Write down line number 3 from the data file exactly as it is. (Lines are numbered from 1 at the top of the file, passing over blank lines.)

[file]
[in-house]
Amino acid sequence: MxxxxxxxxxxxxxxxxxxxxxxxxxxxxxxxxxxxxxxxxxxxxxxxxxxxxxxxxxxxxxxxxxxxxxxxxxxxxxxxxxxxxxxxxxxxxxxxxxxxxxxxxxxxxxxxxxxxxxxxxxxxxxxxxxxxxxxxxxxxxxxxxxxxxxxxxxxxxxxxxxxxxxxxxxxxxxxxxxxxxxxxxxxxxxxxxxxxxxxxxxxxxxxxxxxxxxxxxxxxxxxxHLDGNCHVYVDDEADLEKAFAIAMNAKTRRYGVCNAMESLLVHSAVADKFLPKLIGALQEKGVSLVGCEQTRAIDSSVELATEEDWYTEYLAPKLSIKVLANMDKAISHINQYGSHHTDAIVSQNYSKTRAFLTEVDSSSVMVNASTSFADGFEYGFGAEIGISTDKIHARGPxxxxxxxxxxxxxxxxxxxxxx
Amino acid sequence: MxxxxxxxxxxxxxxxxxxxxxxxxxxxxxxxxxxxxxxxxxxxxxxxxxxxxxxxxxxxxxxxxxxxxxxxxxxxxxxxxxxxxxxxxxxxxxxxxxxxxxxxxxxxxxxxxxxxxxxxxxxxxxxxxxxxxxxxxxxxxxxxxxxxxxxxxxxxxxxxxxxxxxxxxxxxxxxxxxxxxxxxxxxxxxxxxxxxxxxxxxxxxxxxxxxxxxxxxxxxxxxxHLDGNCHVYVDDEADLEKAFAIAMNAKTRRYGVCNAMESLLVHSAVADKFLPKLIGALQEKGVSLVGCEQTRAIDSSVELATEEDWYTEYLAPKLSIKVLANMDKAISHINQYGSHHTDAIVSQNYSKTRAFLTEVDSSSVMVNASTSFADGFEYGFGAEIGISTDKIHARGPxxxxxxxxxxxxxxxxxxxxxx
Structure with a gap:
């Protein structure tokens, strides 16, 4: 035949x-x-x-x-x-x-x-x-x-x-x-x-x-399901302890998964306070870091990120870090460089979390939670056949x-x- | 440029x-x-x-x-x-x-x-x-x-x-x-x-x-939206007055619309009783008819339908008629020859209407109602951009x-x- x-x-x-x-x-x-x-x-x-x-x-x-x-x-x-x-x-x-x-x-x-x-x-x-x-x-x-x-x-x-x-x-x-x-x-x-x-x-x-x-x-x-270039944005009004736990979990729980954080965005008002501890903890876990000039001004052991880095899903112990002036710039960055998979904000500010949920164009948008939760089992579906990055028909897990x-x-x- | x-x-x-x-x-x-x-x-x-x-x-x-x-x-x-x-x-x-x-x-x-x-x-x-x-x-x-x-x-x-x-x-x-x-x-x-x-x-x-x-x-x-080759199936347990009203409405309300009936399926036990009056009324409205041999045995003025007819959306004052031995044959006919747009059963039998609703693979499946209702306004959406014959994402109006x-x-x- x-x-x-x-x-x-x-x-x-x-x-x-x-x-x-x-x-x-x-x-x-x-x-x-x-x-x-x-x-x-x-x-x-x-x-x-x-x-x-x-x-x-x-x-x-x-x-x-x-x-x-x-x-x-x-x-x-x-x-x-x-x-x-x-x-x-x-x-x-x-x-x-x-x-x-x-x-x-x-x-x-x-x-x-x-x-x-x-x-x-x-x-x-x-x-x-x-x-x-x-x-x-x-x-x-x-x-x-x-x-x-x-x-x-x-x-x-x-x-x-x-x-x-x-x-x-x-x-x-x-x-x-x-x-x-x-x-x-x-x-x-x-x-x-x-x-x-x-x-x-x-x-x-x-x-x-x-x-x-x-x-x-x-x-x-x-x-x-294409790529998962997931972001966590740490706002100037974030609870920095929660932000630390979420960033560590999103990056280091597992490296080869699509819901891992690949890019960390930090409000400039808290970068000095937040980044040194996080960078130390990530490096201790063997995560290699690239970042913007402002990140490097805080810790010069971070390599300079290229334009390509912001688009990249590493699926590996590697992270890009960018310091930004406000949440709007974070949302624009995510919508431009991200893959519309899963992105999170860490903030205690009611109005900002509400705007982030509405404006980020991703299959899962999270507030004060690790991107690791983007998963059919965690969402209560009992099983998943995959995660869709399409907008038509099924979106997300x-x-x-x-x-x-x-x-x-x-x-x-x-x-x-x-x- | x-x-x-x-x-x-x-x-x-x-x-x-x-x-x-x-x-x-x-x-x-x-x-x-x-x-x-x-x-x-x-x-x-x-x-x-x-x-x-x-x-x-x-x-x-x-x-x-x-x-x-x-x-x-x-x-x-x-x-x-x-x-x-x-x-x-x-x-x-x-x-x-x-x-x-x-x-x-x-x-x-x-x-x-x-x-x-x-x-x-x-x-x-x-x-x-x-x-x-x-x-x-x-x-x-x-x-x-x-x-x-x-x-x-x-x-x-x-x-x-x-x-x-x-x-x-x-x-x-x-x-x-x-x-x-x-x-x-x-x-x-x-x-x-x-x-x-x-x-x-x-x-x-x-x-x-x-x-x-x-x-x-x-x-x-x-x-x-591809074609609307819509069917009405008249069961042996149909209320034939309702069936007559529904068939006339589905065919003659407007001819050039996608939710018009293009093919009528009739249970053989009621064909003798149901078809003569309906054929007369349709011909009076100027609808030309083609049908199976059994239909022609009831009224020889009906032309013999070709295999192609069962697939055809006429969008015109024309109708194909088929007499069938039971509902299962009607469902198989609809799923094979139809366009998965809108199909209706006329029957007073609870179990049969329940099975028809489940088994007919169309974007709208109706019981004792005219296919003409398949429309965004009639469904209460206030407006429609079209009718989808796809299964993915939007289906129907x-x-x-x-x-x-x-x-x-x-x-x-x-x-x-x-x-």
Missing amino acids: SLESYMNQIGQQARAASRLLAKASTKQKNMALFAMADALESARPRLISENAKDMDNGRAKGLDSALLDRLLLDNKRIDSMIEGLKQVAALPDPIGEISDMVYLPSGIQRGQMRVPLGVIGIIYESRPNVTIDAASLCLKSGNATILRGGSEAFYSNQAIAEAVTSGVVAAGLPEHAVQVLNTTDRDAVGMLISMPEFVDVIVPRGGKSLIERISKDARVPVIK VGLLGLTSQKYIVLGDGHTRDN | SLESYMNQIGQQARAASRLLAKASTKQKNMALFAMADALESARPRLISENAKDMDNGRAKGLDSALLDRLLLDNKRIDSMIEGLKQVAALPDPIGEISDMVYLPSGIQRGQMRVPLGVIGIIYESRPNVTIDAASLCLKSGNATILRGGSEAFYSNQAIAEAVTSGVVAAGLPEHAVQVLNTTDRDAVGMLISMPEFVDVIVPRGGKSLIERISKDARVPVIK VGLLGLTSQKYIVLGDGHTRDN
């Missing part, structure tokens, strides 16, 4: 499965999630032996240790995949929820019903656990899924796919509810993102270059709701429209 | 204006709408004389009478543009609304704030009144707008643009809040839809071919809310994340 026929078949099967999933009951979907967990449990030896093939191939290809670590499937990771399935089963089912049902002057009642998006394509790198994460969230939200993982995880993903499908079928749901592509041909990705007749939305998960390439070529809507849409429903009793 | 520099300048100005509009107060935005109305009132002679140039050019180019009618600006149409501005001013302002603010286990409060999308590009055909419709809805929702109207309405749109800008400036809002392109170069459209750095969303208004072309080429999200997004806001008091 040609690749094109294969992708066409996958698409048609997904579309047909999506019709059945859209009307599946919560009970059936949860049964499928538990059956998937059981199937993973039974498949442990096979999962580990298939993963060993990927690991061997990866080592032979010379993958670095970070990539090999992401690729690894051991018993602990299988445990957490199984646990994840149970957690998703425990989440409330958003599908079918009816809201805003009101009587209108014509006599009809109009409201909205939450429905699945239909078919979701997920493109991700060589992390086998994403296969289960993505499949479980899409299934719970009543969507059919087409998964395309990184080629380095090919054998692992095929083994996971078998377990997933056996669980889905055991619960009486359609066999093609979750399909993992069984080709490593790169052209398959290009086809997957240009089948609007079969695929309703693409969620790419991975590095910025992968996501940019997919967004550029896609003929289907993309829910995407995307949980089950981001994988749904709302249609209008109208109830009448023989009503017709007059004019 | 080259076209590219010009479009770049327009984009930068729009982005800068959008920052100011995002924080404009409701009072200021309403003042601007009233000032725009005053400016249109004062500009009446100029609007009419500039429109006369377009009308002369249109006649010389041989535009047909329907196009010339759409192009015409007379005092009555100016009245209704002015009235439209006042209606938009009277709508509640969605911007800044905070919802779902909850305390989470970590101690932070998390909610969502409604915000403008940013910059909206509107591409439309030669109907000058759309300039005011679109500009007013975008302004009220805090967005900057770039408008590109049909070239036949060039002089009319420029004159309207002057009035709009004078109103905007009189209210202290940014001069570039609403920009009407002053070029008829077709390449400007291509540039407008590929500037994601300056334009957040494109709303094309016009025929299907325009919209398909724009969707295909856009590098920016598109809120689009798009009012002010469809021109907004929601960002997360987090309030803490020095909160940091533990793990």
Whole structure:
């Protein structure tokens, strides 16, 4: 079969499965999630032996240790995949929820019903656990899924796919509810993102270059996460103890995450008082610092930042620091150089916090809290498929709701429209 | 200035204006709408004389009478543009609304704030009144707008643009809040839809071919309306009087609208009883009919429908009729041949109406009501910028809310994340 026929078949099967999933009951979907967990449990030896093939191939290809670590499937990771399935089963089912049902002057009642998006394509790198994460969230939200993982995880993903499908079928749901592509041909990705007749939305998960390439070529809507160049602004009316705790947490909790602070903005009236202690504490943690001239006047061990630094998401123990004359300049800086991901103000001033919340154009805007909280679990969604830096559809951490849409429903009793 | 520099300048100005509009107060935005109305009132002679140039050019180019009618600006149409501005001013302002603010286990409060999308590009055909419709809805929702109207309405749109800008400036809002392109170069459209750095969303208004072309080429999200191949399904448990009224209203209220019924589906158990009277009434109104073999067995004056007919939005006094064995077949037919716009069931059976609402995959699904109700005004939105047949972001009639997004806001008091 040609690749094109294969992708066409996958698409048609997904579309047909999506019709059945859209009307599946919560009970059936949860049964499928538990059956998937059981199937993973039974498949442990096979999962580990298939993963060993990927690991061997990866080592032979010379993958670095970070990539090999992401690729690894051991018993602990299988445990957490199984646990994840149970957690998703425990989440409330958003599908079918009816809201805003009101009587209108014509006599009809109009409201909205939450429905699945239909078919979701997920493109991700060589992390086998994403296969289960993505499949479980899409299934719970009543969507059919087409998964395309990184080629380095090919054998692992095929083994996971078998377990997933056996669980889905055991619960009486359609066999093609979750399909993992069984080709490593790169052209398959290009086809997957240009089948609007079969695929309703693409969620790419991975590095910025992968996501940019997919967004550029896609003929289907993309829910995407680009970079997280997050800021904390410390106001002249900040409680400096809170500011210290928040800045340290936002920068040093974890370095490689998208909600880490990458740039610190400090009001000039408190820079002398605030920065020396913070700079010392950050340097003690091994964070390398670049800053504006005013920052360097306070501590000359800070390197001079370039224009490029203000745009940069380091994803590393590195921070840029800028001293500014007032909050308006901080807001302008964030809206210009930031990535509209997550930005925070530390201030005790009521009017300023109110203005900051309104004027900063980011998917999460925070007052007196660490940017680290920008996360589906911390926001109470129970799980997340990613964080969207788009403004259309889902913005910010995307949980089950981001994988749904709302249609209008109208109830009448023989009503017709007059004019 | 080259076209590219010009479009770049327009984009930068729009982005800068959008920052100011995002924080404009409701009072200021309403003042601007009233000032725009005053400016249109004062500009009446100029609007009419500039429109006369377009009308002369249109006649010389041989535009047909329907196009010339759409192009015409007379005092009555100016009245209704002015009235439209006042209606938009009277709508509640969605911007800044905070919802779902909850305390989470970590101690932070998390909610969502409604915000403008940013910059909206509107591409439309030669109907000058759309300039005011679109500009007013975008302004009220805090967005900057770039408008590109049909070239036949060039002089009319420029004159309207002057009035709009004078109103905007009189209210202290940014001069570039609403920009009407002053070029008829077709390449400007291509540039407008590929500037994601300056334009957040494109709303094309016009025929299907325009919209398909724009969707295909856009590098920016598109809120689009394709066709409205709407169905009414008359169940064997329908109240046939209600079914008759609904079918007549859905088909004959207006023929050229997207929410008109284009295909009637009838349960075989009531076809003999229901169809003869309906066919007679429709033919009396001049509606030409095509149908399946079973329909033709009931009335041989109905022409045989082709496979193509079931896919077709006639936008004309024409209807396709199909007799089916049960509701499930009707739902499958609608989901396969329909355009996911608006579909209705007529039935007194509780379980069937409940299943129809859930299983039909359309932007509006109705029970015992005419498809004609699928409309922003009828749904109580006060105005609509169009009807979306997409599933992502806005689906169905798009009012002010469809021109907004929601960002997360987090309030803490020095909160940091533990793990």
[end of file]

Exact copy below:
Amino acid sequence: MxxxxxxxxxxxxxxxxxxxxxxxxxxxxxxxxxxxxxxxxxxxxxxxxxxxxxxxxxxxxxxxxxxxxxxxxxxxxxxxxxxxxxxxxxxxxxxxxxxxxxxxxxxxxxxxxxxxxxxxxxxxxxxxxxxxxxxxxxxxxxxxxxxxxxxxxxxxxxxxxxxxxxxxxxxxxxxxxxxxxxxxxxxxxxxxxxxxxxxxxxxxxxxxxxxxxxxxxxxxxxxxHLDGNCHVYVDDEADLEKAFAIAMNAKTRRYGVCNAMESLLVHSAVADKFLPKLIGALQEKGVSLVGCEQTRAIDSSVELATEEDWYTEYLAPKLSIKVLANMDKAISHINQYGSHHTDAIVSQNYSKTRAFLTEVDSSSVMVNASTSFADGFEYGFGAEIGISTDKIHARGPxxxxxxxxxxxxxxxxxxxxxx